Treatment with immediate-release gabapentin may be inadequate, due to intolerable drug side effects, long titration periods to reach therapeutic dosages, and low compliance with frequent daily dosing. To improve the efficacy, safety, and tolerability of PHN therapy through simplified dosing regimens and shorten titration periods, two extended-release formulations of gabapentin were developed and recently approved by the FDA for the treatment of PHN: gastroretentive gabapentin (Gralise®; Depomed, Newark, CA, USA), approved in 2011,55 and gabapentin enacarbil (Horizant®; XenoPort, Santa Clara, CA, USA), approved in 201256 (Table 1). The dosing regimen for gastroretentive gabapentin is reduced to once daily, and a majority of patients (over 90%) reach therapeutic dosage within 2 weeks.57 Gabapentin enacarbil is dosed twice daily with a 4-day to 1-week titration period.58 Neither of these new formulations was directly compared to the immediate-release gabapentin, but gastroretentive gabapentin was associated with fewer adverse events in clinical trials (11% for dizziness and 5% for somnolence),55 while similar incidence of adverse events was reported for gabapentin enacarbil (22% for dizziness and 27% for somnolence).55,56
Pregabalin (Lyrica®; Pfizer) is a successor to immediate-release gabapentin, approved for the treatment of PHN in 2005.59 It is dosed two or three times a day and requires a 1-week titration (Table 1), although a retrospective study of medical claims revealed patients required 5–9 weeks to reach therapeutic dosages.59 In clinical trials, pregabalin was associated with slightly higher rates of adverse events than immediate-release gabapentin (approximately 29% of patients reported dizziness and 18% of patients reported somnolence).59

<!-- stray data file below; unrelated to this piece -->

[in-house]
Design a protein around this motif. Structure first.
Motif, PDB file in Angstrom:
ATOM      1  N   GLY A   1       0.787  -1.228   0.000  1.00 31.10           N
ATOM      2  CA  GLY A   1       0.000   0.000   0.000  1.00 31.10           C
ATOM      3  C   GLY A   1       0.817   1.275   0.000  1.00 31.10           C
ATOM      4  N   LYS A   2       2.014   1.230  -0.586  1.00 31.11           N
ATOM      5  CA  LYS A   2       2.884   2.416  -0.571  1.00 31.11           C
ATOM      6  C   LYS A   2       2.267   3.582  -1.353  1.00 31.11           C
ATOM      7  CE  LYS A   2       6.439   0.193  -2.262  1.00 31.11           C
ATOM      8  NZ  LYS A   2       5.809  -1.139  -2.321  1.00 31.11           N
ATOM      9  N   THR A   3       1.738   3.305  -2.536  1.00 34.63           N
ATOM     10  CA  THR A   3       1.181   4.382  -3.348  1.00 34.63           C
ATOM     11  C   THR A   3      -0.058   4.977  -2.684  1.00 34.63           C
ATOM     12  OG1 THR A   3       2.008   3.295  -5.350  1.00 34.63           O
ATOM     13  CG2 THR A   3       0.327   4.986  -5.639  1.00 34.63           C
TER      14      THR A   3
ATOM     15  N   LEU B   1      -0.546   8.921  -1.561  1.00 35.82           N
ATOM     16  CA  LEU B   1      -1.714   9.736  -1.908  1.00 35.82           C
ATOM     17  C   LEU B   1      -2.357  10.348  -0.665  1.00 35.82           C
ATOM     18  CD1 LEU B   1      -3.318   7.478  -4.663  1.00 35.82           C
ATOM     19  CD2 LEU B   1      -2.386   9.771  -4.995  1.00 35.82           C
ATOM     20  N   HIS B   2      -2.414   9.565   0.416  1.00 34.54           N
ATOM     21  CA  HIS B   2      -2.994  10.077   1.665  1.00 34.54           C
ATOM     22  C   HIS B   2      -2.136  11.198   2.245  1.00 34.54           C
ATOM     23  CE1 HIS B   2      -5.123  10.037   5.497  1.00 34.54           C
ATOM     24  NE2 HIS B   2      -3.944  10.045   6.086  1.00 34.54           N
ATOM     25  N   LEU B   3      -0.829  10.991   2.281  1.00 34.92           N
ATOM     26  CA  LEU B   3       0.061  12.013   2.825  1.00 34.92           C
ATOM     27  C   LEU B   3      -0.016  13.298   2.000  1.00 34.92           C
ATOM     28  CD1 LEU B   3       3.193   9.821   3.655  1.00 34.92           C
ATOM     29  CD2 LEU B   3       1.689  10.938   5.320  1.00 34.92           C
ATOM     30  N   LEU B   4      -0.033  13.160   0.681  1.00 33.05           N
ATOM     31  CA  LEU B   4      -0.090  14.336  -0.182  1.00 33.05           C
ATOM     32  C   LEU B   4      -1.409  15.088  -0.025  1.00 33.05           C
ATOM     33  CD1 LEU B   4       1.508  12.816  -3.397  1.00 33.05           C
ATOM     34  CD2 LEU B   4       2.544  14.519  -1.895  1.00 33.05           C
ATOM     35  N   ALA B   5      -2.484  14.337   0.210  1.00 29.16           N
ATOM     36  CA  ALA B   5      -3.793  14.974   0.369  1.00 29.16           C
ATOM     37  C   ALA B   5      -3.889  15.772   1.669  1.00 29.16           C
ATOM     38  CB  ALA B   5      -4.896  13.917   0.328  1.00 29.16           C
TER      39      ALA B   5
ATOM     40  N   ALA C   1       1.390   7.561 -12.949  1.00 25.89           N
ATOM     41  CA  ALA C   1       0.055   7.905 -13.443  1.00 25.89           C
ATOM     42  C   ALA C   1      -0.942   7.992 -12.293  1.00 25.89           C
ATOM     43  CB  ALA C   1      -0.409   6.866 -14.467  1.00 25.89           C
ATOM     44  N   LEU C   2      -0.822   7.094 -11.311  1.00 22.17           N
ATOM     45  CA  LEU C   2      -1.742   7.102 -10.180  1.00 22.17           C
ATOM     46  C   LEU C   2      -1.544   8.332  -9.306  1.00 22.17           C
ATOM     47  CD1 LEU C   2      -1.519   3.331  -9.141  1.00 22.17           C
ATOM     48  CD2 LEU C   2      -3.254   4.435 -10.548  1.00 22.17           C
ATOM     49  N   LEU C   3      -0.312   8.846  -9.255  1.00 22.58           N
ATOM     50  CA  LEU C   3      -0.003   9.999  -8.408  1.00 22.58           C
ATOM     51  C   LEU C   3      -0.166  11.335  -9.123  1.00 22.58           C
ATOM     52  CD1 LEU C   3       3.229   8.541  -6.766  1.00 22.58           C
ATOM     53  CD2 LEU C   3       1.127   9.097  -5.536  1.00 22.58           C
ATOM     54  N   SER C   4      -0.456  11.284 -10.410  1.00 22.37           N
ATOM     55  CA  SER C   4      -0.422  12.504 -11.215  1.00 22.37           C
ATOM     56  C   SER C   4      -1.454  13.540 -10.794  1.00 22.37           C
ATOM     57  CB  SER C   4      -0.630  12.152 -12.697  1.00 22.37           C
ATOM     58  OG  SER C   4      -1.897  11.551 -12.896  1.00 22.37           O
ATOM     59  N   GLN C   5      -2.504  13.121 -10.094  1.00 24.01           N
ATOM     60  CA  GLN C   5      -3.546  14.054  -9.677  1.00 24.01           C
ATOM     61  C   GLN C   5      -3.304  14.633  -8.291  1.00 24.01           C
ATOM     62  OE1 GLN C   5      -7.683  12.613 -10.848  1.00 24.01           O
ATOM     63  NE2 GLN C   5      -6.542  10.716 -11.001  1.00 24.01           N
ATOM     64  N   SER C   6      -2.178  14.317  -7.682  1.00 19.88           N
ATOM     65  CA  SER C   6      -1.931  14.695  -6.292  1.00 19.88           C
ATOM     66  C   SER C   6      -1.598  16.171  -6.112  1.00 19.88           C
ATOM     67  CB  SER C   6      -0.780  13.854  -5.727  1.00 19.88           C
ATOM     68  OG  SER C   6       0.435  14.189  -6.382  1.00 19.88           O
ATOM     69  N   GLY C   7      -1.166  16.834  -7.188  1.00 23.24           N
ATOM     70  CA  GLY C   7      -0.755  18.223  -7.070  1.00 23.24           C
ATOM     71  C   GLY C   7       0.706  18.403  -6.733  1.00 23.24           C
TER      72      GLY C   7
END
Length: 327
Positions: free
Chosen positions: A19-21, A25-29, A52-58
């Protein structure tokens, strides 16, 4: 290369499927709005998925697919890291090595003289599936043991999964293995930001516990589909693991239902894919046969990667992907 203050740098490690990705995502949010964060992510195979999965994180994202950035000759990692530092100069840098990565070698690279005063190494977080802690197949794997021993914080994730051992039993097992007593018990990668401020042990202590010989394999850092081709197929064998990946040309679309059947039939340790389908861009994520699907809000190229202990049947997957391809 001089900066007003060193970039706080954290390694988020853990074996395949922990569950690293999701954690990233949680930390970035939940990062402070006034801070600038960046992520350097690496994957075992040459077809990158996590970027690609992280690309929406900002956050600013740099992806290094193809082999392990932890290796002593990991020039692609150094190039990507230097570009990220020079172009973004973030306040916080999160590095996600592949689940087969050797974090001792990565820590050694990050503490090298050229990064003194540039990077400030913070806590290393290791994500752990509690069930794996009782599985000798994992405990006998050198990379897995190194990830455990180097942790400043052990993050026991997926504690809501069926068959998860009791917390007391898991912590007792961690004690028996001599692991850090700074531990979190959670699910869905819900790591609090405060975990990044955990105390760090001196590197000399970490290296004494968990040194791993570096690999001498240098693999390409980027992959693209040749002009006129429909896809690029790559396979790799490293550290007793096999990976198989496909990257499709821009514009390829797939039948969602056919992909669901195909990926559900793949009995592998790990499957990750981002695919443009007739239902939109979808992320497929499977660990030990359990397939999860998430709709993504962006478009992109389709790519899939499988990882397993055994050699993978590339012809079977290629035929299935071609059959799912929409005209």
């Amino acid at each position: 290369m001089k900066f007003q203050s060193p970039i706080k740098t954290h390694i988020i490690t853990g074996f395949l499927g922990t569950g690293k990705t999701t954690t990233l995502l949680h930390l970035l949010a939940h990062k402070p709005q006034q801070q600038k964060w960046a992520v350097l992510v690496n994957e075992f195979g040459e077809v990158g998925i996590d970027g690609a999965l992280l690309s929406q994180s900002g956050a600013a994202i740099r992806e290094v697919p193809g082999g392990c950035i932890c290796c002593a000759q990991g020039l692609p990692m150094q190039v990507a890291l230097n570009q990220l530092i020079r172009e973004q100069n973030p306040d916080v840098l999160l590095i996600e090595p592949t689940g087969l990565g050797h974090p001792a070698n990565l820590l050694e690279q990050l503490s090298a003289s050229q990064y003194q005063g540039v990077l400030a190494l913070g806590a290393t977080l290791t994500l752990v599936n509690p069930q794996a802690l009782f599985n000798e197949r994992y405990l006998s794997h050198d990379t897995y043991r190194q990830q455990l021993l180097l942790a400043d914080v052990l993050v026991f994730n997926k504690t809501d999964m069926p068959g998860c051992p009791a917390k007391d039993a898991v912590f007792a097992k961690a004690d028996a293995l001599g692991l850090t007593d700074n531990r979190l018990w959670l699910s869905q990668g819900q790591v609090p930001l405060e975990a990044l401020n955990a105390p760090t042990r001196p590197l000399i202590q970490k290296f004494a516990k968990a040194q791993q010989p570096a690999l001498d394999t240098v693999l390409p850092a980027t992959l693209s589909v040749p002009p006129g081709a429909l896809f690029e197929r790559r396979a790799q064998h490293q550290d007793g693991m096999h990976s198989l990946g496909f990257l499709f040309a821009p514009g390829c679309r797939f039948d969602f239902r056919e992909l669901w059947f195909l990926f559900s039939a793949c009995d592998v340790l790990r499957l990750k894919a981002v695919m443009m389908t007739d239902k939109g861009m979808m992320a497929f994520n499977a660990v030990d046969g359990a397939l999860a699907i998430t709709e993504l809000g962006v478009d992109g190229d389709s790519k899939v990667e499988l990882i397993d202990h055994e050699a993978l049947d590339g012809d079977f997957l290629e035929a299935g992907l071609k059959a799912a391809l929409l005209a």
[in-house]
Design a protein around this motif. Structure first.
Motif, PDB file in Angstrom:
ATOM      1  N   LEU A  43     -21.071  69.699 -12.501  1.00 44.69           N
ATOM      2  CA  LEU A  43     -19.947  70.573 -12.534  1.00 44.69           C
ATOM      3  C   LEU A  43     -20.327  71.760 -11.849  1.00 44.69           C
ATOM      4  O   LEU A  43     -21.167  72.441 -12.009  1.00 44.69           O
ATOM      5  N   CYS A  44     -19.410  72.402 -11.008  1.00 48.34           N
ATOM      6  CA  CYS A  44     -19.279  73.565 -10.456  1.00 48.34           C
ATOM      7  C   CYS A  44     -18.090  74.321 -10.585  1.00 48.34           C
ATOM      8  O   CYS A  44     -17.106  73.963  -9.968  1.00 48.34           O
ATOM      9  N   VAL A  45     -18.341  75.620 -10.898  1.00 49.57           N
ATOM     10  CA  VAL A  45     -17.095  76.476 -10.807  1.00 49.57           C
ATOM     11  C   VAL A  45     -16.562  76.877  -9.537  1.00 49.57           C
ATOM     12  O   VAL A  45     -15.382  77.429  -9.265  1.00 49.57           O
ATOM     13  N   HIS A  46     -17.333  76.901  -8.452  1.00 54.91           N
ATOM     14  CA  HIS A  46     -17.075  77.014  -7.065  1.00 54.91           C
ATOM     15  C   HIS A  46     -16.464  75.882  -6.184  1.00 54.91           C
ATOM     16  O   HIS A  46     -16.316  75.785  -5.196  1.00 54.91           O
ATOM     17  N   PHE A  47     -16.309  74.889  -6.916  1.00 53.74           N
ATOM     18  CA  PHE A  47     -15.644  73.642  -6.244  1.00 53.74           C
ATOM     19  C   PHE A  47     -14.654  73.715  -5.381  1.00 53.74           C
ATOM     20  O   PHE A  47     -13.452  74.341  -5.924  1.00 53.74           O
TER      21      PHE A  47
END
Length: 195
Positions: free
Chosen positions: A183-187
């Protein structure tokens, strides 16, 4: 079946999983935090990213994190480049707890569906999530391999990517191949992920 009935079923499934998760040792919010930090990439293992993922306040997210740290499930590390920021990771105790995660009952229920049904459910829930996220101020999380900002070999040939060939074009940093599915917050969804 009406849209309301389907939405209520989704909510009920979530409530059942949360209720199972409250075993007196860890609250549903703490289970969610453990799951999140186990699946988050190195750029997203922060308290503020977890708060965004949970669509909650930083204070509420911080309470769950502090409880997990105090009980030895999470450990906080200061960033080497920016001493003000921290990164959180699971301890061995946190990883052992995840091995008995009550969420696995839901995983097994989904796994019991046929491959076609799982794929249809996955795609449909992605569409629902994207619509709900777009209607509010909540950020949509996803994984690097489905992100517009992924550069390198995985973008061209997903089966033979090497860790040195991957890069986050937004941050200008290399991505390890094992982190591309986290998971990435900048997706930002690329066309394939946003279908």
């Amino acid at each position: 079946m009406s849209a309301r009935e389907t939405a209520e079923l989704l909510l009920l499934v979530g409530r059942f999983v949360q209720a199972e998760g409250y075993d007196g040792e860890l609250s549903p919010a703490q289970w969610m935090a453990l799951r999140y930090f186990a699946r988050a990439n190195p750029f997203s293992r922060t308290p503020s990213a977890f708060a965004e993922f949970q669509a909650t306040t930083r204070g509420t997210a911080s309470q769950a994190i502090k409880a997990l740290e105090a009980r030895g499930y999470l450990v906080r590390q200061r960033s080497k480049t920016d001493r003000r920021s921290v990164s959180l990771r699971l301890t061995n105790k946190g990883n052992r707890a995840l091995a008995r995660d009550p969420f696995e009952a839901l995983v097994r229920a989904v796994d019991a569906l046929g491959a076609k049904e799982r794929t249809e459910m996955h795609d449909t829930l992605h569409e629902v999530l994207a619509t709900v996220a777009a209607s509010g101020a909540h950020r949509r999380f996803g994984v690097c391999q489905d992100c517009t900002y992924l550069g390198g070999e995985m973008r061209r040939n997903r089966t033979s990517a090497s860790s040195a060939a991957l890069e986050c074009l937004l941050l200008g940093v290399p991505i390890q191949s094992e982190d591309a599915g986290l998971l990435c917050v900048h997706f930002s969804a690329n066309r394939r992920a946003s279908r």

Two FDA-approved topical therapies are available for PHN treatment: the lidocaine 5% patch (Lidoderm®; Endo, Chadds Ford, PA, USA)60 as a first-line therapy, and the capsaicin 8% patch (Qutenza®; Acorda Therapeutics, Ardsley, NY, USA)61 as a second-line therapy (Figure 2). The lidocaine 5% patch provides modest pain relief for some patients in comparison to oral therapies, but it has a favorable safety and tolerability profile (Table 1). The capsaicin 8% patch has shown only minimal analgesic efficacy in patients with PHN.18 Initial pain during treatment with the capsaicin patch is a significant problem, and topical anesthetic is recommended before application. Also, the capsaicin 8% patch needs to be administered by or under close supervision of a medical provider or trained personnel, as capsaicin is a highly irritant material.61
Therapies not approved by the FDA
Although not approved by the FDA, TCAs have been commonly used for the treatment of pain associated with PHN since the early 1980s. Amitriptyline, nortriptyline, and desipramine are antidepressants currently recommended as first-line therapies (Figure 2). Clinical experience indicates that TCAs can be efficacious in relieving neuropathic pain, although they display a relatively slow onset of action, and the medical literature shows that they do not work as well in patients with certain types of pain common in PHN (ie, burning pain or allodynia).18,62 TCAs are often poorly tolerated, and are associated with significant systemic adverse events and cardiac toxicity (Table 1), which require considerable caution when treating older patients, the population that is the most prevalent for developing PHN. Amitriptyline is the most widely prescribed TCA, but desipramine and nortriptyline are associated with fewer side effects.18,33,63